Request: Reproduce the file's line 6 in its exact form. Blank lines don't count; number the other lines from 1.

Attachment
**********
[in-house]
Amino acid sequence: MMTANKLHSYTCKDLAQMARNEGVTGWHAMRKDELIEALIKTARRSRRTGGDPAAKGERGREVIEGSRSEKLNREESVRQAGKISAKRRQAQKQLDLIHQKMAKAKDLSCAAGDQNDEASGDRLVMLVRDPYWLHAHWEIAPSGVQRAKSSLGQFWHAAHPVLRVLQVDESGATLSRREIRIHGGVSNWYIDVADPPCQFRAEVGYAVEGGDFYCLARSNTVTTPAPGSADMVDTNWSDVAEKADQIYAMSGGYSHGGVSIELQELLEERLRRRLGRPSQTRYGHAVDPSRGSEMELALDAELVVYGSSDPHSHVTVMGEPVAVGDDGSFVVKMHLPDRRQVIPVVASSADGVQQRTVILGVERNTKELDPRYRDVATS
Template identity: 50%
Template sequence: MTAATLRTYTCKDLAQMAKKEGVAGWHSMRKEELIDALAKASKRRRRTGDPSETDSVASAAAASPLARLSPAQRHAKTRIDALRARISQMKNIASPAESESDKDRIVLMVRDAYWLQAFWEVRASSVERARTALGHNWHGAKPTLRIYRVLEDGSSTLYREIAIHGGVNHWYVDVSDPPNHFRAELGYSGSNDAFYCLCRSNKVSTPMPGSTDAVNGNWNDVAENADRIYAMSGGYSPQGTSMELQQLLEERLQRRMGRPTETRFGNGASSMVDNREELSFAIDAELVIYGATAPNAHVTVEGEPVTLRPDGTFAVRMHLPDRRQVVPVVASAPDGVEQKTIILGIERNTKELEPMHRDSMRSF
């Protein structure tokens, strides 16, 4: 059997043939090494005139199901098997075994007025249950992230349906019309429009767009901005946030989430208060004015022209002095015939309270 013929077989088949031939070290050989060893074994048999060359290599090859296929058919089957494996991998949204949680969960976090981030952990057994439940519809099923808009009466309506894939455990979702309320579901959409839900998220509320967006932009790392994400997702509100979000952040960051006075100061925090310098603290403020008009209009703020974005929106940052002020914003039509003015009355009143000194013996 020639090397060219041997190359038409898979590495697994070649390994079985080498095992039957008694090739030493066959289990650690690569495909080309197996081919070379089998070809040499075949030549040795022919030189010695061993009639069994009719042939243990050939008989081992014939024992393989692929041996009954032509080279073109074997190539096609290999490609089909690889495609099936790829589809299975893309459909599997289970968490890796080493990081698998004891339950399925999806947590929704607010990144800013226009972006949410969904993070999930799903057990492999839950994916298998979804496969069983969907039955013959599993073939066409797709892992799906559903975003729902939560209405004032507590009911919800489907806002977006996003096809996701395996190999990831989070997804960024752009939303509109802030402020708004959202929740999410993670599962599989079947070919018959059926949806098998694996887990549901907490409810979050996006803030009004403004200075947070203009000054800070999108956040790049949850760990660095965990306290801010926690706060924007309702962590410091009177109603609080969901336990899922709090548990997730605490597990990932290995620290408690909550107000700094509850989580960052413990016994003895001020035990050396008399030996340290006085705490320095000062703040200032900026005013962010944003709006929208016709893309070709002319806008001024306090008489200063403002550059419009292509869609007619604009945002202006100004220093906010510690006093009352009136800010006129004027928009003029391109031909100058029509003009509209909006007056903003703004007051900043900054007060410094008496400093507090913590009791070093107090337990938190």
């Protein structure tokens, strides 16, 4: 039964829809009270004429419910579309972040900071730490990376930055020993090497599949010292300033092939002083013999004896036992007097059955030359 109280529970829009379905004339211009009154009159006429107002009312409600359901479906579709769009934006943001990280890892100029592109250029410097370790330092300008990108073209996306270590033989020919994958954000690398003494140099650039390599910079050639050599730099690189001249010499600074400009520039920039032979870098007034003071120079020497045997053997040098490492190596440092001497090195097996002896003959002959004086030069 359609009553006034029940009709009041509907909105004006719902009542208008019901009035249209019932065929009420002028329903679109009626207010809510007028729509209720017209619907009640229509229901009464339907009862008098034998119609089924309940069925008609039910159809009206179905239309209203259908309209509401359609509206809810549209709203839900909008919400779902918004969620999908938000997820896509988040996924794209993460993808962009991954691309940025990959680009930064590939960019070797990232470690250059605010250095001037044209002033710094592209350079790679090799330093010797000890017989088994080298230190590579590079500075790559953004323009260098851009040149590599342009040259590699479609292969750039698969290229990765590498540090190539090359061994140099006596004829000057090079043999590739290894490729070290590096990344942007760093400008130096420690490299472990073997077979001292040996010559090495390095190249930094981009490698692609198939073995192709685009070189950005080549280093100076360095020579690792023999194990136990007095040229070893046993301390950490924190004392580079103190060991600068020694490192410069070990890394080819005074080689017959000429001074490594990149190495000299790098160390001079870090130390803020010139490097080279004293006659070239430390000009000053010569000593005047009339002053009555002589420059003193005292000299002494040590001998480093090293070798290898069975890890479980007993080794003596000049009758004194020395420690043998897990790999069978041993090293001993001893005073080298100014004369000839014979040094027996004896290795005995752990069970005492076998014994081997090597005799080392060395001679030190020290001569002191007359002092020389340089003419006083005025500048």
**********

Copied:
């Protein structure tokens, strides 16, 4: 039964829809009270004429419910579309972040900071730490990376930055020993090497599949010292300033092939002083013999004896036992007097059955030359 109280529970829009379905004339211009009154009159006429107002009312409600359901479906579709769009934006943001990280890892100029592109250029410097370790330092300008990108073209996306270590033989020919994958954000690398003494140099650039390599910079050639050599730099690189001249010499600074400009520039920039032979870098007034003071120079020497045997053997040098490492190596440092001497090195097996002896003959002959004086030069 359609009553006034029940009709009041509907909105004006719902009542208008019901009035249209019932065929009420002028329903679109009626207010809510007028729509209720017209619907009640229509229901009464339907009862008098034998119609089924309940069925008609039910159809009206179905239309209203259908309209509401359609509206809810549209709203839900909008919400779902918004969620999908938000997820896509988040996924794209993460993808962009991954691309940025990959680009930064590939960019070797990232470690250059605010250095001037044209002033710094592209350079790679090799330093010797000890017989088994080298230190590579590079500075790559953004323009260098851009040149590599342009040259590699479609292969750039698969290229990765590498540090190539090359061994140099006596004829000057090079043999590739290894490729070290590096990344942007760093400008130096420690490299472990073997077979001292040996010559090495390095190249930094981009490698692609198939073995192709685009070189950005080549280093100076360095020579690792023999194990136990007095040229070893046993301390950490924190004392580079103190060991600068020694490192410069070990890394080819005074080689017959000429001074490594990149190495000299790098160390001079870090130390803020010139490097080279004293006659070239430390000009000053010569000593005047009339002053009555002589420059003193005292000299002494040590001998480093090293070798290898069975890890479980007993080794003596000049009758004194020395420690043998897990790999069978041993090293001993001893005073080298100014004369000839014979040094027996004896290795005995752990069970005492076998014994081997090597005799080392060395001679030190020290001569002191007359002092020389340089003419006083005025500048």